It’s been a relatively quiet hurricane season in the Atlantic so far this year, but Mother Nature walloped Puerto Rico with a Category 1 hurricane that caused island-wide blackouts on Sunday. As in 2017, organizations are working to send solar equipment and technical expertise (and Solar One is participating in those efforts; see details below), there are things that individuals can do to help.
The four red and white smokestacks that loom over the western edge of Queens are a familiar sight to New Yorkers, but a plan to convert the Ravenswood Generating station to 100% renewables could mean that their days of spewing smoke are coming to an end.
Ravenswood currently supplies about 20% of NYC’s electricity by burning natural gas and oil, running four large generator, the largest of which is nicknamed Big Allis. As Solar One got to see on a field trip there many years ago, the amount of fuel required to keep the turbines spinning at Ravenswood is awe-inspriing…and terrifying. It also contributes to some of the worst air quality in town; child asthma rates in the three NYCHA housing developments that surround the plant are significantly higher than in the rest of Queens.
Its emissions are also at odds with New York’s ambitious climate goals, which is why the current owner, Rise, Light and Power, is working on a plan to convert to zero-emissions, 100% renewable generation.
At the end of June, the U.S. Supreme Court ruled that the federal Environmental Protection Agency did not have the authority to mandate emissions from power plants in West Virginia v. EPA. This decision has been widely seen as a blow to the country’s ability to meet its climate goals, which would also give other countries an excuse not to meet their own.
But now some states are responding by introducing climate amendments to their constitutions, enshrining the right to a clean and healthy environment in their own Bills of Rights.
The U.S. Senate’s passage this past Sunday of the Inflation Reduction Act (IRA) is the single most important act by the U.S. Government ever to combat climate change. While the total package is $740 billion, approximately $375 billion will go to efforts to fight climate change, and experts believe it will reduce our greenhouse gas emissions to 40% below 2005 emission levels by 2030.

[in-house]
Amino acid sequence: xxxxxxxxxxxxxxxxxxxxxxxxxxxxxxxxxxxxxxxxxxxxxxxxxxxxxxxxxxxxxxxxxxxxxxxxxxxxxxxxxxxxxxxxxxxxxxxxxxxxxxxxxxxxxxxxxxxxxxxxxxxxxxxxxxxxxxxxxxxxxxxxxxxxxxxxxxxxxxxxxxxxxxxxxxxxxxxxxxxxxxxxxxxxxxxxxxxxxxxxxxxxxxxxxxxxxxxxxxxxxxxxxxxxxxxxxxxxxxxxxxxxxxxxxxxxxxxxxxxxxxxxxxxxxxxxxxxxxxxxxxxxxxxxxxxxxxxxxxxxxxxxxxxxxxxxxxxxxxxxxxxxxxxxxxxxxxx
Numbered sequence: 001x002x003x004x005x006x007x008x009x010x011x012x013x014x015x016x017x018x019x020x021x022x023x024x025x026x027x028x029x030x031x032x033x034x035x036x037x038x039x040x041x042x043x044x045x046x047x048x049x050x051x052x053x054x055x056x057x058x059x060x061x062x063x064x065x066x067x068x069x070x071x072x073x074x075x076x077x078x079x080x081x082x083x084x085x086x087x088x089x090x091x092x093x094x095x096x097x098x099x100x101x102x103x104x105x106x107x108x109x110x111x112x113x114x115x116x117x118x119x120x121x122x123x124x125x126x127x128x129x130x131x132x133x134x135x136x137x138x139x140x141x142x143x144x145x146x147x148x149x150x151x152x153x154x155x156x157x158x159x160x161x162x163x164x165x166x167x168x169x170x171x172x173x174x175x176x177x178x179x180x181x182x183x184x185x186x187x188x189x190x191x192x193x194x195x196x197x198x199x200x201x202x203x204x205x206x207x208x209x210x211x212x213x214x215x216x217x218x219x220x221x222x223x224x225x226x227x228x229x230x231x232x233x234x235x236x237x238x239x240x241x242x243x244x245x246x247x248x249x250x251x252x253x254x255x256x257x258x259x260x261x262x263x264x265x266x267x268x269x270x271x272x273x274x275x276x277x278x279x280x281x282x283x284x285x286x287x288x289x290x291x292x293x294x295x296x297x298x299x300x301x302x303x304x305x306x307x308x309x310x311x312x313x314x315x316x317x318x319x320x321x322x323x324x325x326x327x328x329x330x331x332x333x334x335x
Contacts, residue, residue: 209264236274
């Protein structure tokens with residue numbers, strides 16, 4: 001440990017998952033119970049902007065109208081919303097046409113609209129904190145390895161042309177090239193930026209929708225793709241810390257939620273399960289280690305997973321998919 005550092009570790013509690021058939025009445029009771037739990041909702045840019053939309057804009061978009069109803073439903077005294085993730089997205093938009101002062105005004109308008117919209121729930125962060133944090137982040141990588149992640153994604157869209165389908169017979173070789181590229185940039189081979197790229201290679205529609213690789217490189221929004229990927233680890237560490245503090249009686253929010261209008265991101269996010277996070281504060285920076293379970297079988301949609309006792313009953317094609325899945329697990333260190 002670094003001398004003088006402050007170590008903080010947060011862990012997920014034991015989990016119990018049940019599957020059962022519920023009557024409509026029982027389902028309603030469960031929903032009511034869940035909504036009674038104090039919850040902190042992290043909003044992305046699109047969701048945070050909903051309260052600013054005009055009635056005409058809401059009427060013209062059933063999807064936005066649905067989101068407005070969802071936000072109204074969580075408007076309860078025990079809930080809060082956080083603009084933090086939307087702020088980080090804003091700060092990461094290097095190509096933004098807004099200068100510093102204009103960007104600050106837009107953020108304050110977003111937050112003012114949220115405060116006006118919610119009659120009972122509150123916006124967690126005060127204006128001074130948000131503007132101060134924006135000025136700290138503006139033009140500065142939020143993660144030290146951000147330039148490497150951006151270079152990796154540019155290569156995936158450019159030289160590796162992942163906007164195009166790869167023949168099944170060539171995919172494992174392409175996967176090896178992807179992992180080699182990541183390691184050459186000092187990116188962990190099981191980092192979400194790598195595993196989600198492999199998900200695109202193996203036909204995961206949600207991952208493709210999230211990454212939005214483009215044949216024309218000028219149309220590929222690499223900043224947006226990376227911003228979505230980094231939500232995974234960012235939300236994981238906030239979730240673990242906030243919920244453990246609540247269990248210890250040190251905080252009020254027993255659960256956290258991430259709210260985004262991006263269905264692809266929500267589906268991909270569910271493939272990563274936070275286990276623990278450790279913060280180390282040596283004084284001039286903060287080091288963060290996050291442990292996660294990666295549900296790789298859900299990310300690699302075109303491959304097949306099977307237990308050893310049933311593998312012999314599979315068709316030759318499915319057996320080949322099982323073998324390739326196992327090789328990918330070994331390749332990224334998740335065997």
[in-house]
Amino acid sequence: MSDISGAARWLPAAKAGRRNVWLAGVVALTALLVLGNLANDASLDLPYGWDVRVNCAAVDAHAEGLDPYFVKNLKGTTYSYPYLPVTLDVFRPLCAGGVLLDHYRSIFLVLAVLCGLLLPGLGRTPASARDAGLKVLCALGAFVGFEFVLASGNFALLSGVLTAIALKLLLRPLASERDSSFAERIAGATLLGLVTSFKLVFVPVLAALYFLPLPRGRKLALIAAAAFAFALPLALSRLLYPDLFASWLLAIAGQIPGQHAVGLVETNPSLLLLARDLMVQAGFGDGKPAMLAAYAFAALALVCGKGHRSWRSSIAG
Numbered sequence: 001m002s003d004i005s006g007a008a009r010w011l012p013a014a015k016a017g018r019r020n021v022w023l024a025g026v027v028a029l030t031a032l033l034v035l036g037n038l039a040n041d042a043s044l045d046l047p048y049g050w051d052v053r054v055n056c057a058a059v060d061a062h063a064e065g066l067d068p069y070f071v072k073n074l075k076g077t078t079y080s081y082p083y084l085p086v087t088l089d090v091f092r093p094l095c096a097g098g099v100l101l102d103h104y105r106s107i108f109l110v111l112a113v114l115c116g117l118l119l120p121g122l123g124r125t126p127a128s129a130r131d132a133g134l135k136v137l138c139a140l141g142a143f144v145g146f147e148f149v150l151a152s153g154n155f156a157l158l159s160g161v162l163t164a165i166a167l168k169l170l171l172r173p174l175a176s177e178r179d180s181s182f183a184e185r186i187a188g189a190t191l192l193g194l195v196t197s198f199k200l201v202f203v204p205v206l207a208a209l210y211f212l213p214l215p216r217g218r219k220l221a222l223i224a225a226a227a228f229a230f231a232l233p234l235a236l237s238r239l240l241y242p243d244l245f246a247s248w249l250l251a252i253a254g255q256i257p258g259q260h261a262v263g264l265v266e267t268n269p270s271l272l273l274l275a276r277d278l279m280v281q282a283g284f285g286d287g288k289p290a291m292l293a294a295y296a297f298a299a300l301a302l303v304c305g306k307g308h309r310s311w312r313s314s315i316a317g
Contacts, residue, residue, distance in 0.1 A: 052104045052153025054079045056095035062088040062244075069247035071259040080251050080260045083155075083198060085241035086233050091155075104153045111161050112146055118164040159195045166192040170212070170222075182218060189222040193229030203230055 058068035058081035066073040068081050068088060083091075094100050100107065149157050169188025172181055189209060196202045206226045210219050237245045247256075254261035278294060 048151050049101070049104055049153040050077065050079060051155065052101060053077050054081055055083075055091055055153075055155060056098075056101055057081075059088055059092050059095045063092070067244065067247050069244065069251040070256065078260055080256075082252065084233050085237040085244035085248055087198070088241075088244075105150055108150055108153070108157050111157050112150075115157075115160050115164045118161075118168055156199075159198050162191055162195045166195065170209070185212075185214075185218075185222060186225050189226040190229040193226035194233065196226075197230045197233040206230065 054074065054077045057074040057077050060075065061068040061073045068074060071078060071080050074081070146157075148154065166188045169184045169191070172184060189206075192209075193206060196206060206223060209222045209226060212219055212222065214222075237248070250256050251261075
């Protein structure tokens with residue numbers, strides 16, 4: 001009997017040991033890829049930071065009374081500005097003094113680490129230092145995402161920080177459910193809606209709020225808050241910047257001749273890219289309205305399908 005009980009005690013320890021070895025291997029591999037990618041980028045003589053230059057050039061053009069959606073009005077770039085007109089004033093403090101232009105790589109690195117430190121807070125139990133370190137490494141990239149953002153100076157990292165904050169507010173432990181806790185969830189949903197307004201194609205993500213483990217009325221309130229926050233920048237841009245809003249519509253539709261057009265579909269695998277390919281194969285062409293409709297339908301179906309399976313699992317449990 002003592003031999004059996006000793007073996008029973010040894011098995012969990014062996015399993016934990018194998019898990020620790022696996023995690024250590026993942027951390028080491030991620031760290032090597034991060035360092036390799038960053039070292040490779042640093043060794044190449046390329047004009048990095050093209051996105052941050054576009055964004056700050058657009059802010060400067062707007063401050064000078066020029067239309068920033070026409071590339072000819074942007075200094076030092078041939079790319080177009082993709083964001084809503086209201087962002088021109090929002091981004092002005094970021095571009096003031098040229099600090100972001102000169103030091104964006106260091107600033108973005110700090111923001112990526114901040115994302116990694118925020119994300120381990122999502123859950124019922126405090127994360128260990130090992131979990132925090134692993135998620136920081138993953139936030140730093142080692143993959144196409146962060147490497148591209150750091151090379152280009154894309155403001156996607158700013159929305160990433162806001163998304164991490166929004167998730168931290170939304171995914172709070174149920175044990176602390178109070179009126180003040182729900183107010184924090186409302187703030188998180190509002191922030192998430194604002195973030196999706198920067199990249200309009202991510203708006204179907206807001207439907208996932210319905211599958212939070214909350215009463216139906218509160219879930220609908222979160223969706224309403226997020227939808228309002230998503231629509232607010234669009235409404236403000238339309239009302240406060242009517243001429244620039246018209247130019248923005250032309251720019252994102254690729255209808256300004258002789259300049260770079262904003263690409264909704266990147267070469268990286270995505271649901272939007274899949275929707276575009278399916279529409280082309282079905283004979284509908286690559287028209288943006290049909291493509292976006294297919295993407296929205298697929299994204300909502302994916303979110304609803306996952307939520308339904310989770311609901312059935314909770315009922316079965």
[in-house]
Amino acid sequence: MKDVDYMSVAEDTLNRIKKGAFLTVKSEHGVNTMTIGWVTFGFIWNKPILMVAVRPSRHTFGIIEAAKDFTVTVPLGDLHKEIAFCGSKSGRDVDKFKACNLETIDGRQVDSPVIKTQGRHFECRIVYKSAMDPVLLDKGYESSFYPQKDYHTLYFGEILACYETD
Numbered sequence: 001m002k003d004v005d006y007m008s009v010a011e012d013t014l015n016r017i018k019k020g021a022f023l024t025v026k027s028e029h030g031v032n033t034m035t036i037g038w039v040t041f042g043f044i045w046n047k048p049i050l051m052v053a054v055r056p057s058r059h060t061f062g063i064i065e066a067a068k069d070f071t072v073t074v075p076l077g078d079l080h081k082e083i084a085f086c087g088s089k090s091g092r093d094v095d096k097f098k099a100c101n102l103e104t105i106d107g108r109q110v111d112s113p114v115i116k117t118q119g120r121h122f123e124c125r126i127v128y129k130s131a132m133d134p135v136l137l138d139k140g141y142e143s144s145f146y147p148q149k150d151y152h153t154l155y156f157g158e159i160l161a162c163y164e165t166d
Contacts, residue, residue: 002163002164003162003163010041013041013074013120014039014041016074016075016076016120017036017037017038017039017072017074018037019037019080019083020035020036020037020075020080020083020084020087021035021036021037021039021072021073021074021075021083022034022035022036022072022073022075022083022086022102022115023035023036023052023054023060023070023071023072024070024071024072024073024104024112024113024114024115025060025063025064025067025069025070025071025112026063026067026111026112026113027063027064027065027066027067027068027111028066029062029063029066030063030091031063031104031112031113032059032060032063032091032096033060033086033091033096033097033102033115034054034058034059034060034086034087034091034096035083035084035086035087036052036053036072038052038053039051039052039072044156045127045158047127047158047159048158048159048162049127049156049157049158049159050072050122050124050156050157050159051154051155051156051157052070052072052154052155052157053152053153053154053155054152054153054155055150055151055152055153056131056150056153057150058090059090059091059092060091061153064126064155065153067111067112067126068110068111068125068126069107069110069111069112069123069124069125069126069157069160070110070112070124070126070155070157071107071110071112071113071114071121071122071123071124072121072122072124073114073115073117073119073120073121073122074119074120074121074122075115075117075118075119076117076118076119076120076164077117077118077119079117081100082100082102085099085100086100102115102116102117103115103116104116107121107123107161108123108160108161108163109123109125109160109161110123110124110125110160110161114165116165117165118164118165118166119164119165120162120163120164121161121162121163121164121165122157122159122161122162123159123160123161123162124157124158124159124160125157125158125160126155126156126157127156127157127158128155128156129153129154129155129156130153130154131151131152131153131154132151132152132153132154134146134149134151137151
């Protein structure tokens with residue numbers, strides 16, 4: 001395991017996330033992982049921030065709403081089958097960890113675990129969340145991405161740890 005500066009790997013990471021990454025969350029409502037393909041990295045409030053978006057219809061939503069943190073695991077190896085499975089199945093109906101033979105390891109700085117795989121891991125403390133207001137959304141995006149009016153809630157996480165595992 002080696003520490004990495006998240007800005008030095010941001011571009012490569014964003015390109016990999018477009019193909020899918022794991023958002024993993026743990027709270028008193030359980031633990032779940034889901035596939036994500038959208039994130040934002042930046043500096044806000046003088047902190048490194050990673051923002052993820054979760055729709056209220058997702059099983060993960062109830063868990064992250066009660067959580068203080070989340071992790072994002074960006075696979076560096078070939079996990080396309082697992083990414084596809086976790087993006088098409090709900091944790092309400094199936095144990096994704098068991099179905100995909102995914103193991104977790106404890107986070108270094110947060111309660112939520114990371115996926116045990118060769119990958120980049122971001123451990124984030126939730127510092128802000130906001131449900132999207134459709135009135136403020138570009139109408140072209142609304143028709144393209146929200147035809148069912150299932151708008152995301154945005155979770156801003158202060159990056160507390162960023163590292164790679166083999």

We at Solar One applaud our Senator, Majority Leader Chuck Schumer, the Congress, and President Biden for this historic legislation; this truly represents a down payment on a livable planet that we will leave to our children and grandchildren. We also applaud the activists, advocates and policy staff who worked tirelessly, both in the streets and behind the scenes, to bring us this victory, and our City and State leaders who helped create the blueprint for the best ideas that were included in the IRA.
There is so much work still to be done and not much time. We will continue to do our part to deploy renewable energy to every corner of every community in New York City through our Here Comes Solar program. We will help train the green workforce necessary to rise to this existential challenge through our stellar and ever growing Green Workforce program. And we will educate the next generation to become the climate leaders and environmental stewards through our award-winning Green Design Lab K-12 program. Our Solar One program participants gain the skills, knowledge, and vision to take action against the impacts of climate change. It’s these passionate allies we will rely on to save the Earth.
We could not be prouder to help fight the good fight and we are grateful for this historic investment. Today the future is looking brighter.
Stuy Cove Park was designated as a Monarch Way Station more than a decade ago, and we’ve had as many as four native milkweeds growing in the park at a time. These amazing pollinators, which famously undertake an epic migration from Canada to Mexico each year, have been seeing their numbers drastically decline as over the past 30 years or so.
Now the International Union of Conservation of Nature (IUCN) has placed the North American Monarch, on its list of endangered species. IUCN is considered the world’s most authoritative wildlife monitoring organization.
However, while the future of this wonderful creature is uncertain, it is far from hopeless, and unlike the conservation of more exotic species, there’s a lot that ordinary people can do to help restore Monarch butterfly populations before it’s too late.
Back in 2020 (which can seem like a lifetime ago), only 4% Americans surveyed by Consumer Reports said they would definitely buy an electric car. But what a difference a couple of years, and a tremendous rise in gas prices, can make: In a new survey of 8,000 Americans released last week, the number who said they would definitely buy an EV jumped to 14%, and more than a third of those surveyed would consider going all electric.